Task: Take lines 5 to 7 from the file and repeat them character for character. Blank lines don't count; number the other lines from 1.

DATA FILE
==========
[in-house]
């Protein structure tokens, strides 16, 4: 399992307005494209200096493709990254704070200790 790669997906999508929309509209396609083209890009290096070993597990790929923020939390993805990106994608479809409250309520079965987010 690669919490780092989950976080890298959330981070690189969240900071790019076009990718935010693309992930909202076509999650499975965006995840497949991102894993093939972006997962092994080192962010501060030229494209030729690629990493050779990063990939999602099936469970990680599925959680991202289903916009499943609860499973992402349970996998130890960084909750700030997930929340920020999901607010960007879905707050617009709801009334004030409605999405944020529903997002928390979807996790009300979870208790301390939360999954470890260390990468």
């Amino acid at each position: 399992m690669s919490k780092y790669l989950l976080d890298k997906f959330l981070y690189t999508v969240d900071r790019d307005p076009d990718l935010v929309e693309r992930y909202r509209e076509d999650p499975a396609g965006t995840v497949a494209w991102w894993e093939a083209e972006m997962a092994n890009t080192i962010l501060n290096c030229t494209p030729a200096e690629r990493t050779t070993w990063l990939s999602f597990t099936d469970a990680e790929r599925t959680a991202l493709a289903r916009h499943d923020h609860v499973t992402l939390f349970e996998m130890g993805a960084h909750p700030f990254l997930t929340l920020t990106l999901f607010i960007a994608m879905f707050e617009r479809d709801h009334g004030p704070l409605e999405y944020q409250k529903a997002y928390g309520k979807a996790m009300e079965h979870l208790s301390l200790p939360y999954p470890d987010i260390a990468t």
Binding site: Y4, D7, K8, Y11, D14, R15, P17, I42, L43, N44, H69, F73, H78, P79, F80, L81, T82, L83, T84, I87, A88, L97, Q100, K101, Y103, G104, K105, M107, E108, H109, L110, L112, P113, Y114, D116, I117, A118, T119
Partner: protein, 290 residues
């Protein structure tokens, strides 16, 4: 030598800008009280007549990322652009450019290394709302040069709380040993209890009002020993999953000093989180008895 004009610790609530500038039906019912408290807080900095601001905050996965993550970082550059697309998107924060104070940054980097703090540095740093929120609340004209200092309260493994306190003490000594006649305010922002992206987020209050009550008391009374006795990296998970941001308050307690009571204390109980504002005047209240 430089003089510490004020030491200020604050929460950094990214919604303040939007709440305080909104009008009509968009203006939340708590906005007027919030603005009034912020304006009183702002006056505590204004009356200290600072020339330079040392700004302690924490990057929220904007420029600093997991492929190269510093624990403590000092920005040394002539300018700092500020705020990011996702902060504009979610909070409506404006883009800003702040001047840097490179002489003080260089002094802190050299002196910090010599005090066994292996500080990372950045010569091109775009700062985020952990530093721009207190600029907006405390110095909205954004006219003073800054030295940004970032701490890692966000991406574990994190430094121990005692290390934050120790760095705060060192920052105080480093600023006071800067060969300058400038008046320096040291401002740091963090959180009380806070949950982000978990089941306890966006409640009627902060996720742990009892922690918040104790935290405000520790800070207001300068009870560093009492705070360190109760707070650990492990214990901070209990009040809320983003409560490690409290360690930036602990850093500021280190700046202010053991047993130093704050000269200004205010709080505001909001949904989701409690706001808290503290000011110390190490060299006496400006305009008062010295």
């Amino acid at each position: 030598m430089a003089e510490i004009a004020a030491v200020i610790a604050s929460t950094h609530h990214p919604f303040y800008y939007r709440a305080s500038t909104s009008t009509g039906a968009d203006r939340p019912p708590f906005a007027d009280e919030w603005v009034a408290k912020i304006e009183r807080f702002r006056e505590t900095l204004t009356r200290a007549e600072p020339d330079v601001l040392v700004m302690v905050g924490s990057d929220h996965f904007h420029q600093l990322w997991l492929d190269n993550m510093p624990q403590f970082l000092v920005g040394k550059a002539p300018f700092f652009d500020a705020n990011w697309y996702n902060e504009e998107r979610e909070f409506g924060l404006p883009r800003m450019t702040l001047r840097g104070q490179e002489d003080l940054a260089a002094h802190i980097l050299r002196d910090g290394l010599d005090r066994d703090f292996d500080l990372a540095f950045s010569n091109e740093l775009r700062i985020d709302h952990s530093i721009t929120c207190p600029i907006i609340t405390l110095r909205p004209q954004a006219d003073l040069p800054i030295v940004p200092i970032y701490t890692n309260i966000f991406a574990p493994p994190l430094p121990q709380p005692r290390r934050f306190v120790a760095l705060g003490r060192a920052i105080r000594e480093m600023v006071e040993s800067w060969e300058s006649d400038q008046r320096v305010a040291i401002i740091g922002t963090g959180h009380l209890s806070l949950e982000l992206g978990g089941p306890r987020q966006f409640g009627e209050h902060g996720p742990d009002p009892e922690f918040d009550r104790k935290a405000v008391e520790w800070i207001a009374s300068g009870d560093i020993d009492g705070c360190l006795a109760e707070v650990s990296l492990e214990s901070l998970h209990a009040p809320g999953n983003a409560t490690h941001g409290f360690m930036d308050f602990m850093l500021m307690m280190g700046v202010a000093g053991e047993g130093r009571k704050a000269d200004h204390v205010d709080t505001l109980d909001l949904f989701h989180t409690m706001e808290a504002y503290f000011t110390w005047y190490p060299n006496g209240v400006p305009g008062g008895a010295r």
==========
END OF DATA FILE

Partner: protein, 290 residues
């Protein structure tokens, strides 16, 4: 030598800008009280007549990322652009450019290394709302040069709380040993209890009002020993999953000093989180008895 004009610790609530500038039906019912408290807080900095601001905050996965993550970082550059697309998107924060104070940054980097703090540095740093929120609340004209200092309260493994306190003490000594006649305010922002992206987020209050009550008391009374006795990296998970941001308050307690009571204390109980504002005047209240 430089003089510490004020030491200020604050929460950094990214919604303040939007709440305080909104009008009509968009203006939340708590906005007027919030603005009034912020304006009183702002006056505590204004009356200290600072020339330079040392700004302690924490990057929220904007420029600093997991492929190269510093624990403590000092920005040394002539300018700092500020705020990011996702902060504009979610909070409506404006883009800003702040001047840097490179002489003080260089002094802190050299002196910090010599005090066994292996500080990372950045010569091109775009700062985020952990530093721009207190600029907006405390110095909205954004006219003073800054030295940004970032701490890692966000991406574990994190430094121990005692290390934050120790760095705060060192920052105080480093600023006071800067060969300058400038008046320096040291401002740091963090959180009380806070949950982000978990089941306890966006409640009627902060996720742990009892922690918040104790935290405000520790800070207001300068009870560093009492705070360190109760707070650990492990214990901070209990009040809320983003409560490690409290360690930036602990850093500021280190700046202010053991047993130093704050000269200004205010709080505001909001949904989701409690706001808290503290000011110390190490060299006496400006305009008062010295």
């Amino acid at each position: 030598m430089a003089e510490i004009a004020a030491v200020i610790a604050s929460t950094h609530h990214p919604f303040y800008y939007r709440a305080s500038t909104s009008t009509g039906a968009d203006r939340p019912p708590f906005a007027d009280e919030w603005v009034a408290k912020i304006e009183r807080f702002r006056e505590t900095l204004t009356r200290a007549e600072p020339d330079v601001l040392v700004m302690v905050g924490s990057d929220h996965f904007h420029q600093l990322w997991l492929d190269n993550m510093p624990q403590f970082l000092v920005g040394k550059a002539p300018f700092f652009d500020a705020n990011w697309y996702n902060e504009e998107r979610e909070f409506g924060l404006p883009r800003m450019t702040l001047r840097g104070q490179e002489d003080l940054a260089a002094h802190i980097l050299r002196d910090g290394l010599d005090r066994d703090f292996d500080l990372a540095f950045s010569n091109e740093l775009r700062i985020d709302h952990s530093i721009t929120c207190p600029i907006i609340t405390l110095r909205p004209q954004a006219d003073l040069p800054i030295v940004p200092i970032y701490t890692n309260i966000f991406a574990p493994p994190l430094p121990q709380p005692r290390r934050f306190v120790a760095l705060g003490r060192a920052i105080r000594e480093m600023v006071e040993s800067w060969e300058s006649d400038q008046r320096v305010a040291i401002i740091g922002t963090g959180h009380l209890s806070l949950e982000l992206g978990g089941p306890r987020q966006f409640g009627e209050h902060g996720p742990d009002p009892e922690f918040d009550r104790k935290a405000v008391e520790w800070i207001a009374s300068g009870d560093i020993d009492g705070c360190l006795a109760e707070v650990s990296l492990e214990s901070l998970h209990a009040p809320g999953n983003a409560t490690h941001g409290f360690m930036d308050f602990m850093l500021m307690m280190g700046v202010a000093g053991e047993g130093r009571k704050a000269d200004h204390v205010d709080t505001l109980d909001l949904f989701h989180t409690m706001e808290a504002y503290f000011t110390w005047y190490p060299n006496g209240v400006p305009g008062g008895a010295r």